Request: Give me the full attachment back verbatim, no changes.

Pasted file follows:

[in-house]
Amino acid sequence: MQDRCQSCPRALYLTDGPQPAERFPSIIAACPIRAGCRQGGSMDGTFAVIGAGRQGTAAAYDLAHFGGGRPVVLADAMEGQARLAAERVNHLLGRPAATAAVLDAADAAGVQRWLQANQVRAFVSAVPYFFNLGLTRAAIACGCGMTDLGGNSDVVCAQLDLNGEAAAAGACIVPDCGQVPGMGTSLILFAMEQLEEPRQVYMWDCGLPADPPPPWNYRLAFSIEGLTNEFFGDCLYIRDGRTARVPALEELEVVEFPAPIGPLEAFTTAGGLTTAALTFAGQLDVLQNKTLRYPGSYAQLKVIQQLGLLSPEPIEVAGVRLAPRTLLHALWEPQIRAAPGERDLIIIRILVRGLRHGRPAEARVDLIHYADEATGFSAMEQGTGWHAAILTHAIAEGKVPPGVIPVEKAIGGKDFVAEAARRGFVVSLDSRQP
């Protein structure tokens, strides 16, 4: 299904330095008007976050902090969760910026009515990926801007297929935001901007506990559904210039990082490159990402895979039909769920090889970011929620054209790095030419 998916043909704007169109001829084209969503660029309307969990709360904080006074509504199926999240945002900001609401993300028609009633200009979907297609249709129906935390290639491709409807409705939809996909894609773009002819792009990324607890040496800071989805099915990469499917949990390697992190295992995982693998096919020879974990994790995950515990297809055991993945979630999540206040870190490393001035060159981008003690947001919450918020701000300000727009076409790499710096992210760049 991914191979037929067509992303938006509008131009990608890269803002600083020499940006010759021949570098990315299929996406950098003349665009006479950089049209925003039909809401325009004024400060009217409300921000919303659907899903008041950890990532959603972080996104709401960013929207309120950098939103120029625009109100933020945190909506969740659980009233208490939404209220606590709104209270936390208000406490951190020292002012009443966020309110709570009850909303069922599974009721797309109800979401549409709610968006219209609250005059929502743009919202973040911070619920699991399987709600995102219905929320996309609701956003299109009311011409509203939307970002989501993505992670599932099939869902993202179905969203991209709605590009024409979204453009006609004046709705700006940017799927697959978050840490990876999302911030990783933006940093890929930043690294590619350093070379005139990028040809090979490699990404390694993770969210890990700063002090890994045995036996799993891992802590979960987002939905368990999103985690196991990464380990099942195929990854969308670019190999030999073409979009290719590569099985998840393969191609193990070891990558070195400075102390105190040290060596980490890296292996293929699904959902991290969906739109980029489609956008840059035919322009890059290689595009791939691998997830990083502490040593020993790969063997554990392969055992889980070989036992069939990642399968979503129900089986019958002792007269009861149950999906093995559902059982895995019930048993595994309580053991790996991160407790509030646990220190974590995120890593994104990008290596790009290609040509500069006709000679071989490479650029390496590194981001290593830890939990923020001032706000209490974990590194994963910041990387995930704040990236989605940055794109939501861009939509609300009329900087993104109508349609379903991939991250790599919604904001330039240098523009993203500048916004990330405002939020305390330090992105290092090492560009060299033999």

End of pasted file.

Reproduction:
[in-house]
Amino acid sequence: MQDRCQSCPRALYLTDGPQPAERFPSIIAACPIRAGCRQGGSMDGTFAVIGAGRQGTAAAYDLAHFGGGRPVVLADAMEGQARLAAERVNHLLGRPAATAAVLDAADAAGVQRWLQANQVRAFVSAVPYFFNLGLTRAAIACGCGMTDLGGNSDVVCAQLDLNGEAAAAGACIVPDCGQVPGMGTSLILFAMEQLEEPRQVYMWDCGLPADPPPPWNYRLAFSIEGLTNEFFGDCLYIRDGRTARVPALEELEVVEFPAPIGPLEAFTTAGGLTTAALTFAGQLDVLQNKTLRYPGSYAQLKVIQQLGLLSPEPIEVAGVRLAPRTLLHALWEPQIRAAPGERDLIIIRILVRGLRHGRPAEARVDLIHYADEATGFSAMEQGTGWHAAILTHAIAEGKVPPGVIPVEKAIGGKDFVAEAARRGFVVSLDSRQP
């Protein structure tokens, strides 16, 4: 299904330095008007976050902090969760910026009515990926801007297929935001901007506990559904210039990082490159990402895979039909769920090889970011929620054209790095030419 998916043909704007169109001829084209969503660029309307969990709360904080006074509504199926999240945002900001609401993300028609009633200009979907297609249709129906935390290639491709409807409705939809996909894609773009002819792009990324607890040496800071989805099915990469499917949990390697992190295992995982693998096919020879974990994790995950515990297809055991993945979630999540206040870190490393001035060159981008003690947001919450918020701000300000727009076409790499710096992210760049 991914191979037929067509992303938006509008131009990608890269803002600083020499940006010759021949570098990315299929996406950098003349665009006479950089049209925003039909809401325009004024400060009217409300921000919303659907899903008041950890990532959603972080996104709401960013929207309120950098939103120029625009109100933020945190909506969740659980009233208490939404209220606590709104209270936390208000406490951190020292002012009443966020309110709570009850909303069922599974009721797309109800979401549409709610968006219209609250005059929502743009919202973040911070619920699991399987709600995102219905929320996309609701956003299109009311011409509203939307970002989501993505992670599932099939869902993202179905969203991209709605590009024409979204453009006609004046709705700006940017799927697959978050840490990876999302911030990783933006940093890929930043690294590619350093070379005139990028040809090979490699990404390694993770969210890990700063002090890994045995036996799993891992802590979960987002939905368990999103985690196991990464380990099942195929990854969308670019190999030999073409979009290719590569099985998840393969191609193990070891990558070195400075102390105190040290060596980490890296292996293929699904959902991290969906739109980029489609956008840059035919322009890059290689595009791939691998997830990083502490040593020993790969063997554990392969055992889980070989036992069939990642399968979503129900089986019958002792007269009861149950999906093995559902059982895995019930048993595994309580053991790996991160407790509030646990220190974590995120890593994104990008290596790009290609040509500069006709000679071989490479650029390496590194981001290593830890939990923020001032706000209490974990590194994963910041990387995930704040990236989605940055794109939501861009939509609300009329900087993104109508349609379903991939991250790599919604904001330039240098523009993203500048916004990330405002939020305390330090992105290092090492560009060299033999």